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What to do with trapped groundhog

Posted by suburbanmd z7 MD (My Page) on
Sat, Mar 29, 08 at 17:56

I've been researching the subject, now that we've decided the animals have to go, and my live trap should be delivered in a few days (lethal traps are illegal here). Personally I'm not comfortable with releasing the animal a few miles away without the landowner's permission, even on public land. Well, I just found a solution that I haven't seen mentioned anywhere -- our local animal shelter says they'll euthanize a groundhog for the same fee ($5, plus another $5 for disposal) that they charge for pets. Another option to consider if it's available to you.


Follow-Up Postings:

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RE: What to do with trapped groundhog

I would never kill an animal that has every right to be here as you do, sometimes even more! Who are we to play God?
I would take the animal far away and release it near a wooded area, what's the big deal? Any decent vet that puts to death a helpless animal just for living should be "Heavily" fined and then told to go out and find another profession!

Billy


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RE: What to do with trapped groundhog

I don't think a groundhog would thrive in the woods. Open meadows are good for them. For example, the clearing under a power transmission line would probably be ideal. But the animals will cause trouble there, by making holes that could damage mowing equipment.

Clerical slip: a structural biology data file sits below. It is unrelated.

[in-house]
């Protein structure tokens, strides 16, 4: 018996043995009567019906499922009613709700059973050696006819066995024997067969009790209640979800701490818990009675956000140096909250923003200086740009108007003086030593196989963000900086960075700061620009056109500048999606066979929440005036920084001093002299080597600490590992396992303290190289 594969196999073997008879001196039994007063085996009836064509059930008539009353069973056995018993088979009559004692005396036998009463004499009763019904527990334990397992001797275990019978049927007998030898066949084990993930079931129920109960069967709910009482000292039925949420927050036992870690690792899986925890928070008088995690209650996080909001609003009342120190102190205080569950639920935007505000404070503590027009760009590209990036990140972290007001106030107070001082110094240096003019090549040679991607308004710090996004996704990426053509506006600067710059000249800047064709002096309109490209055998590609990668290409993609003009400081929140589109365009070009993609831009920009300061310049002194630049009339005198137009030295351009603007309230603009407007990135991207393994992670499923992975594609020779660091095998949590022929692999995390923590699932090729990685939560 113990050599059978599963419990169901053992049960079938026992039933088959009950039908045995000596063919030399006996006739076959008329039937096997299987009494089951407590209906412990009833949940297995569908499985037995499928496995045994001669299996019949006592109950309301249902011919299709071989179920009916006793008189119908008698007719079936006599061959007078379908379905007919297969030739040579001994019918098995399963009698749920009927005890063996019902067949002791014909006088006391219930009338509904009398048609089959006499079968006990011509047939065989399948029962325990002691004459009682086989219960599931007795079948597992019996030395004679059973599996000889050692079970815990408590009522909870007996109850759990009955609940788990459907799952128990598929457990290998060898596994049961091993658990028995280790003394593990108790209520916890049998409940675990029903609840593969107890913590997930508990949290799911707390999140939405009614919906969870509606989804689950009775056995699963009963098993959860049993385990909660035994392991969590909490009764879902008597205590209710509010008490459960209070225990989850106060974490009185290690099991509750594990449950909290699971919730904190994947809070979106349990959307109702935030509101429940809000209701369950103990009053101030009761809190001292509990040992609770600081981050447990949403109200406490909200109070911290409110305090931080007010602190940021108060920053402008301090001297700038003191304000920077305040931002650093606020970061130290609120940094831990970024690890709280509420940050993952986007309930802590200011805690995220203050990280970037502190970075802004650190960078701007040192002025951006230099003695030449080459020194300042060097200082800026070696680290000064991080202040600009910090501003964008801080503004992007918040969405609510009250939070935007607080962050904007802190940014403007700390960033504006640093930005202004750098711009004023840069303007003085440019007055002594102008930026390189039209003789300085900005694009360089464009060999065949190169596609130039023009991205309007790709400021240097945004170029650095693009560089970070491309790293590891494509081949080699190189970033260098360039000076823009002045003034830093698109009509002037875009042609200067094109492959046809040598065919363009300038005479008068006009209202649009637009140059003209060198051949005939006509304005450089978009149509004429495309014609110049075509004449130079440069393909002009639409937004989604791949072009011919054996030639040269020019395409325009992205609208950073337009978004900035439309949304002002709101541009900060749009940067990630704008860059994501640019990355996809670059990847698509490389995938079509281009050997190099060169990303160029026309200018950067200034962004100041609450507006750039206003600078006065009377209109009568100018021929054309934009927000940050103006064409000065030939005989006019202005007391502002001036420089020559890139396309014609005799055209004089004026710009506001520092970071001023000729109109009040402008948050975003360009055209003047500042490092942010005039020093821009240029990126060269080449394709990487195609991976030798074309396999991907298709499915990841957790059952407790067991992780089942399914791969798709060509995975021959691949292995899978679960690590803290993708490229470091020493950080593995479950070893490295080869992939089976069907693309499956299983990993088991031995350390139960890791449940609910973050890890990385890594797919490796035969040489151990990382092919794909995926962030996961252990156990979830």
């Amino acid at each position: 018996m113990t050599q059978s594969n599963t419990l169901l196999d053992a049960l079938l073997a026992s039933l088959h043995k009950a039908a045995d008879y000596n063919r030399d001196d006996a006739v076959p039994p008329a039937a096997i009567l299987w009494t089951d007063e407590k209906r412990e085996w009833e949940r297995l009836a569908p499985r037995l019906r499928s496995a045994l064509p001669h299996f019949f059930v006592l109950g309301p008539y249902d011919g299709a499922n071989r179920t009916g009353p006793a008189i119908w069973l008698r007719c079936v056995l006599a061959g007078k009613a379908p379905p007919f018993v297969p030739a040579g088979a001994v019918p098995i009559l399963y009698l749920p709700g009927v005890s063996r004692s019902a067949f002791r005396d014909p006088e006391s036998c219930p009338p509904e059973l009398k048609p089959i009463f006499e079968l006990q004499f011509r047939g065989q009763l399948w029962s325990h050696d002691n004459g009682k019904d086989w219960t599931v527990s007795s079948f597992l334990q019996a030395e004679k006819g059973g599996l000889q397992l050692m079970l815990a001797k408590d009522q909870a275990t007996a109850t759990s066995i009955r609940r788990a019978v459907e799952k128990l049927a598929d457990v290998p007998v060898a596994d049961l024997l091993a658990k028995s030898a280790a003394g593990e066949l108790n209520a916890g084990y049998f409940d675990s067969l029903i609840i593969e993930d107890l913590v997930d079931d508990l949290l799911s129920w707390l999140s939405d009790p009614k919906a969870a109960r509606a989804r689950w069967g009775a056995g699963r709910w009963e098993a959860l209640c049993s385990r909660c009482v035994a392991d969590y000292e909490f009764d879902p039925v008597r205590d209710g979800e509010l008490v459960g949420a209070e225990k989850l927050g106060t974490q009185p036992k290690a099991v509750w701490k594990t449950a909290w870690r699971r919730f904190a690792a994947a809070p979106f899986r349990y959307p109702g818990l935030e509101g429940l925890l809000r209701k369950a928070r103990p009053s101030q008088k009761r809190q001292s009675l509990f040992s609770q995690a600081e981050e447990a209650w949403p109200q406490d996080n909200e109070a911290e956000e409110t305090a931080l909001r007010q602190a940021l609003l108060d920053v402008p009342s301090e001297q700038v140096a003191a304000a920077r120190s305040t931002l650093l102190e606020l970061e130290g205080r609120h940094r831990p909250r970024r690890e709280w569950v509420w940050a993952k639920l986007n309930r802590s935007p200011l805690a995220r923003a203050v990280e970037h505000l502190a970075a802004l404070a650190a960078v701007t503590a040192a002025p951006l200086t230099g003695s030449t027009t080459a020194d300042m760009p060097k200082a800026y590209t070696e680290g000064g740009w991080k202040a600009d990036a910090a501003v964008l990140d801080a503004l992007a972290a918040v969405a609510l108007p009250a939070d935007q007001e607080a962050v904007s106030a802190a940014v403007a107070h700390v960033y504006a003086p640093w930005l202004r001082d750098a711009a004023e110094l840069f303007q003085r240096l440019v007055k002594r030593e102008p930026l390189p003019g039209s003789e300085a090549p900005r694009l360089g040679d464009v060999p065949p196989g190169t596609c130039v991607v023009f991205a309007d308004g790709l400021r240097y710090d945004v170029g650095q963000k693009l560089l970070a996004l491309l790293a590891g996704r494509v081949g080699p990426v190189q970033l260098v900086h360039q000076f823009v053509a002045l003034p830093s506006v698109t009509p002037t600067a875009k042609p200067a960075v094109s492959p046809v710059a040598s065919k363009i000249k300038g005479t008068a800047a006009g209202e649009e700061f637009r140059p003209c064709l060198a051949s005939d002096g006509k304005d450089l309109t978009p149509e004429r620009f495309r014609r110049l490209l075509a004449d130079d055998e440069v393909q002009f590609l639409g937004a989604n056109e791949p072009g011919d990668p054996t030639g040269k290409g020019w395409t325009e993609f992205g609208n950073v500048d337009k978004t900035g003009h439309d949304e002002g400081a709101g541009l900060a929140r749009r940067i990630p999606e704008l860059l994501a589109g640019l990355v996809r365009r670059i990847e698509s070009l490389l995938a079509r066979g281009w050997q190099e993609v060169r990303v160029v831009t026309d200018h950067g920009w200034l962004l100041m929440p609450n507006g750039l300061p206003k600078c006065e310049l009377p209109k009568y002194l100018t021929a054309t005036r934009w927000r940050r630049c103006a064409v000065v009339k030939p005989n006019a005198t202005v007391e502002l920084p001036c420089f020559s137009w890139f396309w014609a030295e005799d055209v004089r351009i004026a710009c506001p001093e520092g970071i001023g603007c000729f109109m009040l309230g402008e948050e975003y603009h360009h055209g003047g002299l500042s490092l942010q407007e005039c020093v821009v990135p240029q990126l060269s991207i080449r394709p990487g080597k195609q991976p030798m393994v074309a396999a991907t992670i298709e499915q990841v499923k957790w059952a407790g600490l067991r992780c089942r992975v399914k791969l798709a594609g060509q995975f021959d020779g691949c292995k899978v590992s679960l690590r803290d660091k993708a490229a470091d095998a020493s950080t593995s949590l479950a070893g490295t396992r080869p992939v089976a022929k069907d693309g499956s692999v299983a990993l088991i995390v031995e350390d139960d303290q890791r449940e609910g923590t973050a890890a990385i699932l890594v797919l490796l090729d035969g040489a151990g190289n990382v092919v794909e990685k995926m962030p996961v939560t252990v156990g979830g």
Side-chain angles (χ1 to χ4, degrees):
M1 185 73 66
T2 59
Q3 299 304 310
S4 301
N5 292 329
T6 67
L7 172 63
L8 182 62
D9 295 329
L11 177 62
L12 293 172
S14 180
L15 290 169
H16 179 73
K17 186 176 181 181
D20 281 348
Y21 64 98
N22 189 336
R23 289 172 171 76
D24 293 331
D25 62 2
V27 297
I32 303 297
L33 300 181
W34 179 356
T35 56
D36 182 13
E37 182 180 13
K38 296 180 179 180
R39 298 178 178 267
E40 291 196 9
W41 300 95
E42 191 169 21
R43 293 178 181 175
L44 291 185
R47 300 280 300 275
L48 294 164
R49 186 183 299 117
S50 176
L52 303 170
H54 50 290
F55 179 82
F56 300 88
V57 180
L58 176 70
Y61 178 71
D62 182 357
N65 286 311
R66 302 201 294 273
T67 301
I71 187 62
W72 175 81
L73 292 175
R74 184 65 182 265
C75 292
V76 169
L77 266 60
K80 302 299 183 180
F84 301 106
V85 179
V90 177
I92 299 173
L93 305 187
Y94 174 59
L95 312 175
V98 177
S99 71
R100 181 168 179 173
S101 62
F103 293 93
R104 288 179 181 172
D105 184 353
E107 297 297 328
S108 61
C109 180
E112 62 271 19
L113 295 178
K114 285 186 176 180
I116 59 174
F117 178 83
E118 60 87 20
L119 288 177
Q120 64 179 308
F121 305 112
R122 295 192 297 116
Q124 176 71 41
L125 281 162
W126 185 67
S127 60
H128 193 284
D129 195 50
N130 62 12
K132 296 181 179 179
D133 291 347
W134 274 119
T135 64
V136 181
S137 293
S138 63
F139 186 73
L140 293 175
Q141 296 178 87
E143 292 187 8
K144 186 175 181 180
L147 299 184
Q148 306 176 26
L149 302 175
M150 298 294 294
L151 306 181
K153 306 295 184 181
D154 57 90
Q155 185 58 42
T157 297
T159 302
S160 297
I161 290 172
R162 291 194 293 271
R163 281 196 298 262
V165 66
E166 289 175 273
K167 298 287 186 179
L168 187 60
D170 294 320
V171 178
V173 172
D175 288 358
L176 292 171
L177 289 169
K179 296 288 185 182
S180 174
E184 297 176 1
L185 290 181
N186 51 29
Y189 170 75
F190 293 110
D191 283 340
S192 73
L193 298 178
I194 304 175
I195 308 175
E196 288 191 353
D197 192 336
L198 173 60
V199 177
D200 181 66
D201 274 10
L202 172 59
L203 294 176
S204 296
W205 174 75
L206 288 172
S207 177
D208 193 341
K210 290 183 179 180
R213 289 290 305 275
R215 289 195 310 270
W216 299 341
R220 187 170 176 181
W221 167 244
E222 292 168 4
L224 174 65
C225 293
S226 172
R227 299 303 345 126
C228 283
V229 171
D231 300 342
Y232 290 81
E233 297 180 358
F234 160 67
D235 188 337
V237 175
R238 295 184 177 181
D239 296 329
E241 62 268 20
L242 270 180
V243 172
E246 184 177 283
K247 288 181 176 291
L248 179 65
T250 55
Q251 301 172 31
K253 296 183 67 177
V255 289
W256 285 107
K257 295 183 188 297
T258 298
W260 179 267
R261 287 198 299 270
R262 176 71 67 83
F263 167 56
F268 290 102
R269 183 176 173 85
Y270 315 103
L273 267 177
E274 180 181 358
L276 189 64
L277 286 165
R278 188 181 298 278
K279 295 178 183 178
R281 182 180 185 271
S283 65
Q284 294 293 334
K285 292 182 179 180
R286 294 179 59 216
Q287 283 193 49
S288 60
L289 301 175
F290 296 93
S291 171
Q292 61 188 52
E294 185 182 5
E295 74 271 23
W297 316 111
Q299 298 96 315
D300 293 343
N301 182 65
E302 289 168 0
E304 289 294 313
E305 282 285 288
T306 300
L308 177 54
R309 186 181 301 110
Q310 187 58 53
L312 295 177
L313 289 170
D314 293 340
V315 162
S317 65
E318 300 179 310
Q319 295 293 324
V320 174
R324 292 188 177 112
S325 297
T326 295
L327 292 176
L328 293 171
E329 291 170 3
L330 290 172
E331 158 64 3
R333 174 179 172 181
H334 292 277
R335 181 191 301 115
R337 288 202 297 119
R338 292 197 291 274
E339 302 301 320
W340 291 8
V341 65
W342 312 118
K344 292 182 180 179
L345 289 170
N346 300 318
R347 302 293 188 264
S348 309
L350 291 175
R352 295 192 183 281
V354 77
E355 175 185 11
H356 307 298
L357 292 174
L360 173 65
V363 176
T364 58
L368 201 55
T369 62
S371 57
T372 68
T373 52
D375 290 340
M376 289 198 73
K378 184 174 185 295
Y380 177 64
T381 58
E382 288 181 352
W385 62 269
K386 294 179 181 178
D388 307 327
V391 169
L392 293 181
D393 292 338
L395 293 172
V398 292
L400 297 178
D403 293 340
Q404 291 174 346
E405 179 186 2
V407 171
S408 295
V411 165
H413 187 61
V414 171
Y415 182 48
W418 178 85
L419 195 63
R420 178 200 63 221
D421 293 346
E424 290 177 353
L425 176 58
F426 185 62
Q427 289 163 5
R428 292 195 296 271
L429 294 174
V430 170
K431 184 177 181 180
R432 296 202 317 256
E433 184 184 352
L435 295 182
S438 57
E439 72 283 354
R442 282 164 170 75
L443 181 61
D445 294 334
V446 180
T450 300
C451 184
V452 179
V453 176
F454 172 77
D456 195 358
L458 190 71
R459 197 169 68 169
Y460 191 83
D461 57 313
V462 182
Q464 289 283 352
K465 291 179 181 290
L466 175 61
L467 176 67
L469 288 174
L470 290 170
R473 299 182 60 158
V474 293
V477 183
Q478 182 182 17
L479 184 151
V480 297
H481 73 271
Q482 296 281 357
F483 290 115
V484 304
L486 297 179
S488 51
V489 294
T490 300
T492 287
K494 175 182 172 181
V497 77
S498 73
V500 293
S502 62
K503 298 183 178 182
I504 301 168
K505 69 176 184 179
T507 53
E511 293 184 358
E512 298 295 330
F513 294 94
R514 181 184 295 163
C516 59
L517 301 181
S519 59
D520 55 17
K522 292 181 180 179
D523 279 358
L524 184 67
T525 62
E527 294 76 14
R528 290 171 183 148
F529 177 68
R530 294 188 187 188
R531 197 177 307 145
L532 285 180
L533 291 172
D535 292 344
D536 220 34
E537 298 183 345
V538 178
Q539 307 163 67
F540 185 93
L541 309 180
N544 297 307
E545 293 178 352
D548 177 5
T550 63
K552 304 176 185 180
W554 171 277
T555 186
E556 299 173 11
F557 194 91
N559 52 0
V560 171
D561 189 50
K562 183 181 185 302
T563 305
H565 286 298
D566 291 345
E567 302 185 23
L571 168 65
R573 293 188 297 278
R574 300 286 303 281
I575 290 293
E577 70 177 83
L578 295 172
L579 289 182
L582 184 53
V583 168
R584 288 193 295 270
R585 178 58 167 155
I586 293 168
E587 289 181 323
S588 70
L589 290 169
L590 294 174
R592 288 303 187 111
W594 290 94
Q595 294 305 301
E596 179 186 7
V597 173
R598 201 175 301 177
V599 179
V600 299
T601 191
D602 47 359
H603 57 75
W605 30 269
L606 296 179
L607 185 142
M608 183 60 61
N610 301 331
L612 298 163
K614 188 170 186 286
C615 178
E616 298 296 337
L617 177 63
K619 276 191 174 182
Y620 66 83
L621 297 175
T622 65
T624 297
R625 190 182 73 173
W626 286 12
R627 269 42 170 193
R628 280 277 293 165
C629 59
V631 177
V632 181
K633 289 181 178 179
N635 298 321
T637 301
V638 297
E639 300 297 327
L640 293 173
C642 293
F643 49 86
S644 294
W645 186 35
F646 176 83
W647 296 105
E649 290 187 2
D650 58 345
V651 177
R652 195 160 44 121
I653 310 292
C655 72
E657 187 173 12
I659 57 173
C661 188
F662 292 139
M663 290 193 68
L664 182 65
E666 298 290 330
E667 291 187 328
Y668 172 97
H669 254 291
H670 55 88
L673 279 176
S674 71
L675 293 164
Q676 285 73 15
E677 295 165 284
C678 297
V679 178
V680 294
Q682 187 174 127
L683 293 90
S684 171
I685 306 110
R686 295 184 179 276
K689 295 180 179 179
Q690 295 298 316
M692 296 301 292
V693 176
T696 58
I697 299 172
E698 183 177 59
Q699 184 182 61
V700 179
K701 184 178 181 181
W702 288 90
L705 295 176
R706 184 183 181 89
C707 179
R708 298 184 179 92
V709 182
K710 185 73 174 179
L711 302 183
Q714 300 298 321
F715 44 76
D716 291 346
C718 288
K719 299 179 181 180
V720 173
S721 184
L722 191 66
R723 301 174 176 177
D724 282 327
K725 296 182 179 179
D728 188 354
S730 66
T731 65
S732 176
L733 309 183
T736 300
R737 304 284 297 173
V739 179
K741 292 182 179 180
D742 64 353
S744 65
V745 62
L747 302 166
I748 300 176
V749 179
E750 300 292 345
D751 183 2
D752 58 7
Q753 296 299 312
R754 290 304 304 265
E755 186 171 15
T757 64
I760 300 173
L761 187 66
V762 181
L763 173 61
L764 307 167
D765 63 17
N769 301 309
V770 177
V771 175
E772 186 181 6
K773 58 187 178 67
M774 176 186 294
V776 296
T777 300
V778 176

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RE: What to do with trapped groundhog

That's not true. Groundhogs live happily in open fields, open woods, plains and valleys. I have seen plenty of them around country roads.

Billy


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RE: What to do with trapped groundhog

Some states prohibit the relocation of animals. The relocated animal may very well be dropped in the middle of another's territory, resulting in a confrontation and one or the other being driven out ... most likely into yet another's territory. Relocation can also cause the spread of disease. Neither of those scenarios are very kind.


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RE: What to do with trapped groundhog

Hmm, well let's say there were similar happy groundhog habitats near me, and I had permission to release my groundhog there. Do you think it would be welcomed into the fold? I've read that groundhogs generally need an acre or two each. This is supported by observation of groundhogs on my own property.


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RE: What to do with trapped groundhog

From one of my wildlife books-

Using live traps to get rid of groundhogs without harming them is perhaps your best form of direct groundhog control.
Once you have trapped one, cover the trap with a cloth sheet and transport the animal to another shady, wooded area far enough from your home that you wont risk its return. Give the animal time to leave the trap under its own power once youve found an appropriate spot.